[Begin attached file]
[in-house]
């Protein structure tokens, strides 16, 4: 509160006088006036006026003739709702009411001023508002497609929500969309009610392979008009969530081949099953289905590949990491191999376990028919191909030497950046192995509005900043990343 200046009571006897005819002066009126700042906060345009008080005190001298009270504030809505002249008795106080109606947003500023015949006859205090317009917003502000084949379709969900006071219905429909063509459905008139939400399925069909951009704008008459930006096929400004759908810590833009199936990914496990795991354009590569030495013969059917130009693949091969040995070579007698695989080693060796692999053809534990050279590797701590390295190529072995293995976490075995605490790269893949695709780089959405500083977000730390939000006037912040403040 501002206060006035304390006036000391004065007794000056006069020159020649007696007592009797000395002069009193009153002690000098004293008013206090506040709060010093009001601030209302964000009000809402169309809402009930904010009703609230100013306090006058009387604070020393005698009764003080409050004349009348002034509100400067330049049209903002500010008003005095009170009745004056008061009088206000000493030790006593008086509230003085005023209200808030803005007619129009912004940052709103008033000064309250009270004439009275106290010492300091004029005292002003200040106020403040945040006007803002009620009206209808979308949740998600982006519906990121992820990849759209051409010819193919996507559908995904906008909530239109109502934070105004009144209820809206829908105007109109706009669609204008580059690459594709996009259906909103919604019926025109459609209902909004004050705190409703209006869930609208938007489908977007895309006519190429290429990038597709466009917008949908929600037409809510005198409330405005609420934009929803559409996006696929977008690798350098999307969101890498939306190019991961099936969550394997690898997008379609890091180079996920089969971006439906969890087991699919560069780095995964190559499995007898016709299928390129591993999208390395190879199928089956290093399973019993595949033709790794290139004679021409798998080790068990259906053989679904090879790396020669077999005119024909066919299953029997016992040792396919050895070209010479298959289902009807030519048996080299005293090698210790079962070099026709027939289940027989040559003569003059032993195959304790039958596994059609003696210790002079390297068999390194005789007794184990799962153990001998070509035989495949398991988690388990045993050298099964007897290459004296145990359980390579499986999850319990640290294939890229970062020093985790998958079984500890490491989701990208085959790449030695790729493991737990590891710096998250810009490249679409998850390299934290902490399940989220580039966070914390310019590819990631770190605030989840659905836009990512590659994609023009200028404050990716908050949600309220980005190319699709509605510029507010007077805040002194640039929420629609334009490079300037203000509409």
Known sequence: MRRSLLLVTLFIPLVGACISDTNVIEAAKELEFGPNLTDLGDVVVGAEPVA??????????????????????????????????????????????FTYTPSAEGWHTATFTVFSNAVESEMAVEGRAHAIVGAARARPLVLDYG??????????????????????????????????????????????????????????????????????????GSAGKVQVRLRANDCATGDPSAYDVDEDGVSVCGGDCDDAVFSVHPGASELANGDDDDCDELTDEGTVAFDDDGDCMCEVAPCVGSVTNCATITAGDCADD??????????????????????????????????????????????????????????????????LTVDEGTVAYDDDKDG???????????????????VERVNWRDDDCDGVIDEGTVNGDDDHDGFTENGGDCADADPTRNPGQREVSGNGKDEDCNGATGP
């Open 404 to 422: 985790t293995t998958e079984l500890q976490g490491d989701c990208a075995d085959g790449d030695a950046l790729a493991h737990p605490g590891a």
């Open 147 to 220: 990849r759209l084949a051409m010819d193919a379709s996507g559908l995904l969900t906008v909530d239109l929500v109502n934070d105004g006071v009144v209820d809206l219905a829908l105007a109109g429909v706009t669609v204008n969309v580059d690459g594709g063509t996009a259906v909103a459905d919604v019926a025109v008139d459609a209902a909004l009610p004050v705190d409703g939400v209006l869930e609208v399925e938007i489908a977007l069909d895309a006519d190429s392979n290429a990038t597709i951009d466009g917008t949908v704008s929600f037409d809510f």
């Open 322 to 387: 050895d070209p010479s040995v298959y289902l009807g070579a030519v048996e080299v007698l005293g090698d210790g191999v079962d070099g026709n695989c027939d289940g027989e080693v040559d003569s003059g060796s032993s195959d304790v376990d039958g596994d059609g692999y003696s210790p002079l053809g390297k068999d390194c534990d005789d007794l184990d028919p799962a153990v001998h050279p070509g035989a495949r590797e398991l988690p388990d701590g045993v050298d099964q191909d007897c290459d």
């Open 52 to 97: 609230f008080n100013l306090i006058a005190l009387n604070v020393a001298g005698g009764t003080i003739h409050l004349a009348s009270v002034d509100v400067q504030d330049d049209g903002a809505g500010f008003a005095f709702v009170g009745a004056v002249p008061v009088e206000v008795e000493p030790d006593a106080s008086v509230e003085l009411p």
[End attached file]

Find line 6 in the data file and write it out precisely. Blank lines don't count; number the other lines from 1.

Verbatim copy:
């Open 322 to 387: 050895d070209p010479s040995v298959y289902l009807g070579a030519v048996e080299v007698l005293g090698d210790g191999v079962d070099g026709n695989c027939d289940g027989e080693v040559d003569s003059g060796s032993s195959d304790v376990d039958g596994d059609g692999y003696s210790p002079l053809g390297k068999d390194c534990d005789d007794l184990d028919p799962a153990v001998h050279p070509g035989a495949r590797e398991l988690p388990d701590g045993v050298d099964q191909d007897c290459d």